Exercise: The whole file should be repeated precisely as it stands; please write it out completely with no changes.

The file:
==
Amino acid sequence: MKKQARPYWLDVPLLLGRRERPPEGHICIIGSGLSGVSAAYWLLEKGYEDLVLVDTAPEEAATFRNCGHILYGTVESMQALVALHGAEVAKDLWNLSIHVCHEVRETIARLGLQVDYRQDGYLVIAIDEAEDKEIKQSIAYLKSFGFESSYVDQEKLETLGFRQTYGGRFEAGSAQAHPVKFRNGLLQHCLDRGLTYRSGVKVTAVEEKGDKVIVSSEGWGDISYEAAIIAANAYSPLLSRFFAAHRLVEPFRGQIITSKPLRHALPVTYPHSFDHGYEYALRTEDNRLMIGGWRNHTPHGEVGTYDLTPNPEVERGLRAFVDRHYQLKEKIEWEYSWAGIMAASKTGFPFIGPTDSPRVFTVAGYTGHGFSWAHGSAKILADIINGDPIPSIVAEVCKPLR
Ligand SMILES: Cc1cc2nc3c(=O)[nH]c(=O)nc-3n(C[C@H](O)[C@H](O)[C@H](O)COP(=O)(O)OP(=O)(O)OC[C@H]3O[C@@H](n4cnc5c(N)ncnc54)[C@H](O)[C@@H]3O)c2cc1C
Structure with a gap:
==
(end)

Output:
Amino acid sequence: MKKQARPYWLDVPLLLGRRERPPEGHICIIGSGLSGVSAAYWLLEKGYEDLVLVDTAPEEAATFRNCGHILYGTVESMQALVALHGAEVAKDLWNLSIHVCHEVRETIARLGLQVDYRQDGYLVIAIDEAEDKEIKQSIAYLKSFGFESSYVDQEKLETLGFRQTYGGRFEAGSAQAHPVKFRNGLLQHCLDRGLTYRSGVKVTAVEEKGDKVIVSSEGWGDISYEAAIIAANAYSPLLSRFFAAHRLVEPFRGQIITSKPLRHALPVTYPHSFDHGYEYALRTEDNRLMIGGWRNHTPHGEVGTYDLTPNPEVERGLRAFVDRHYQLKEKIEWEYSWAGIMAASKTGFPFIGPTDSPRVFTVAGYTGHGFSWAHGSAKILADIINGDPIPSIVAEVCKPLR
Ligand SMILES: Cc1cc2nc3c(=O)[nH]c(=O)nc-3n(C[C@H](O)[C@H](O)[C@H](O)COP(=O)(O)OP(=O)(O)OC[C@H]3O[C@@H](n4cnc5c(N)ncnc54)[C@H](O)[C@@H]3O)c2cc1C
Structure with a gap: